I’ll be honest:  I’m not sure that I’ve ever known anything ‘beyond the shadow of a doubt. ‘  Maybe the only thing that I’m really so sure of is that I sure never knew God’s mind beyond the shadow of a doubt.   For me, being faithful has always been a struggle.  I’ve rarely had any peace.  Almost every time I try to follow God, I’m riddled with doubt.  And even when I look back at my life and see that God has been at work in my life, I also see that it’s been a messy business.  Following God included risks.  Following God included my own faltering and failing.  Following God included twists and turns.  Following God included great promise and even the fulfillment of that promise, but following God, at least in my life, has always included problems.  Maybe it’s been the same for you.

It certainly was the case that following God included problems and struggles for Jacob.  It’s such a vivid image that he came out of the womb grasping Esau’s heel.  The heel-grabber’s birth foreshadows not only his clash with his brother and his nation’s future clashes with its neighbors, it foreshadows a life of striving and struggle.  The heel-grabber will wrestle with God and men.  He will have doubt and fear.  He will falter and fail.  His way will be crooked.  And yet, his name will be called Israel and he will father a nation.  In him God’s promise will be fulfilled and God will be present to him powerfully.

But how far does this line of thinking go?  Surely God is present in our failures and our struggles.  But is God also present in our jealousies and our conniving?  Does God work out his purposes through theft and fraud?  Well, at least in Jacob’s story, it seams so.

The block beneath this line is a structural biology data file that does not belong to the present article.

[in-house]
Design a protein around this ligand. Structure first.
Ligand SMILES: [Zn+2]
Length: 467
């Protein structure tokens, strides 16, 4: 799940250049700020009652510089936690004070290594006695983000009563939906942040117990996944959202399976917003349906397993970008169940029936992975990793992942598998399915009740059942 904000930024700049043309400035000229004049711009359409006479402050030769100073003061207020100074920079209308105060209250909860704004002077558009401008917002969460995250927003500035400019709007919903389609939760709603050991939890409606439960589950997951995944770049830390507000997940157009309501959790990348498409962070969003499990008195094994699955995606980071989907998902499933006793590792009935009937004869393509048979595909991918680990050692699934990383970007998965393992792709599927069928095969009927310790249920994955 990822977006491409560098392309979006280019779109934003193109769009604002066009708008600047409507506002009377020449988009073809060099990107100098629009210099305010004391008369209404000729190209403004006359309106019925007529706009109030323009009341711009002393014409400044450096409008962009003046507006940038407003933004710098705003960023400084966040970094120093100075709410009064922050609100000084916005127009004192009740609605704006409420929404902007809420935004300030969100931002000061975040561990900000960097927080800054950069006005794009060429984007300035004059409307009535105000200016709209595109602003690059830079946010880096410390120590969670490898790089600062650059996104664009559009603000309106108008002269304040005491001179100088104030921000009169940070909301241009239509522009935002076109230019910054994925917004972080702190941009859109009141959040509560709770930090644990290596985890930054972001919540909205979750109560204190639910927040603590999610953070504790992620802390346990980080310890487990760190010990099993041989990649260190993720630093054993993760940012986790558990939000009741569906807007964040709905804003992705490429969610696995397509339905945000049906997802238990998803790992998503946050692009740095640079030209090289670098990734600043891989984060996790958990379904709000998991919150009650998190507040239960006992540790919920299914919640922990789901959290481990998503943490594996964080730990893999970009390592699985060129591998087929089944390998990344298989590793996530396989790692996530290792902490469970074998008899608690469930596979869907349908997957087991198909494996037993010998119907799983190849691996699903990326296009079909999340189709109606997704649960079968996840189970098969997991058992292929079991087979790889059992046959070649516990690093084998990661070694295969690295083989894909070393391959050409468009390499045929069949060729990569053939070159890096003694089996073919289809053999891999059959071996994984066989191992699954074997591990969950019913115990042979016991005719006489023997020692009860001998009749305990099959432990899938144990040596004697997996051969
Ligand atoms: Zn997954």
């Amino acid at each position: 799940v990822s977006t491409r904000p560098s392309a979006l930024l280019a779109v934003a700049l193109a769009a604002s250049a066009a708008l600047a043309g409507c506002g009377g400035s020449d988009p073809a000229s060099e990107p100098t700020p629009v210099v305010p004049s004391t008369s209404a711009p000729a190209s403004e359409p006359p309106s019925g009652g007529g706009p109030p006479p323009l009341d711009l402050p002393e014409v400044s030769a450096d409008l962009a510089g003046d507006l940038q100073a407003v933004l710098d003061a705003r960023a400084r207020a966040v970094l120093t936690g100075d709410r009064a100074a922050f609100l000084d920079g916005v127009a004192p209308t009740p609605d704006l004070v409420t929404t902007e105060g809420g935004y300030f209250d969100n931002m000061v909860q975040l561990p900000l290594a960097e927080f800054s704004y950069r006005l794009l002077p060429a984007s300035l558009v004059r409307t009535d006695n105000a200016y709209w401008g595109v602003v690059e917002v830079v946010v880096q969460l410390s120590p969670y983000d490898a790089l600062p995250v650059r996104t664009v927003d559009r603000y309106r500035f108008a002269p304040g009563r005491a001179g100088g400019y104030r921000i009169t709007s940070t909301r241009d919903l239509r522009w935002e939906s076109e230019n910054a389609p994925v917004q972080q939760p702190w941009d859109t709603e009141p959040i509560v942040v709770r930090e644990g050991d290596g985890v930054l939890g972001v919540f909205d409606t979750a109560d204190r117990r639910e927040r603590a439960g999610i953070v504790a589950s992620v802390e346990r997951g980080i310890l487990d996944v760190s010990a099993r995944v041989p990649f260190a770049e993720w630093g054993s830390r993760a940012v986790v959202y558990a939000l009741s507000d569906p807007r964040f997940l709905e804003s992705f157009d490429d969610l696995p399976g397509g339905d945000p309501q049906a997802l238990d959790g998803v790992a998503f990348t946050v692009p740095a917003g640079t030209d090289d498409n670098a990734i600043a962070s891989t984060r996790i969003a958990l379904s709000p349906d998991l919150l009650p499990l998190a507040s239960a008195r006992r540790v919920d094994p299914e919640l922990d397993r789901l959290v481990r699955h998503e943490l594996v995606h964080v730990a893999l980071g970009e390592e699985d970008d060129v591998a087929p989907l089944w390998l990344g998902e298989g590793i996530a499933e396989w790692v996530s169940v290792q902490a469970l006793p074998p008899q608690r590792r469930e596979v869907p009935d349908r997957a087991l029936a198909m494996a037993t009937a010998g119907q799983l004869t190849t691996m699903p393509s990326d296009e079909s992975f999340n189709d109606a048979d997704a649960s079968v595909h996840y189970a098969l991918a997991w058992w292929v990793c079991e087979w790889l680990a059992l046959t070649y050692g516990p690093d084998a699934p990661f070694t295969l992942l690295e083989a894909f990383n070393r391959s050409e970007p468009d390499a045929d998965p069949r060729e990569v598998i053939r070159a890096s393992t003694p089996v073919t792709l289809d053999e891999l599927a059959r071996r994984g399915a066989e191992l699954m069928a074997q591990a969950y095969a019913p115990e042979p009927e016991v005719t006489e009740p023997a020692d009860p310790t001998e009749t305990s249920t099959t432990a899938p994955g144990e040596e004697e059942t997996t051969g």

Poor Esau.  When I read about Esau I imagine the naïve, innocent monster – maybe like the hunchback of Notre Dame or Frankenstein’s monster from the movies.  Esau’s a beast of a man and a child all at once.  It doesn’t take much for Jacob to trick him out of both his birthright and his blessing.  In our story, Esau comes in from the field famished.  Jacob waits with his savory stew.  Esau grunts, “Let me gulp down some of this red, red stuff.”  Jacob says succinctly, “Sell now your birthright to me.”  Esau howls, “I’m about to die, what do I care about birthrights.”  Just to be sure Jacob insists, “Swear to me now.”  Esau swears, he eats, he drinks, he rises and he leaves.  The deed is done – easy as you like.  And God’s oracle is fulfilled.  The older shall serve the younger.

The stealing of the blessing in Chapter 27 is a little more involved.  There is some costuming involved and Jacob has the help of his mother, but the upshot is the same.  God’s purposes are served through treachery.  God’s promises fulfilled through less than pure means.

Well.. what are we to make of this?  What does this say about God?  This might begin to make us a little uncomfortable.  We want God to be present to us even in our failures and struggles.  But do we want God to get quite this messy?  Can we see God at work even in the heel-grabber?  Can we see God at work in the conniver, the rogue, the rascal?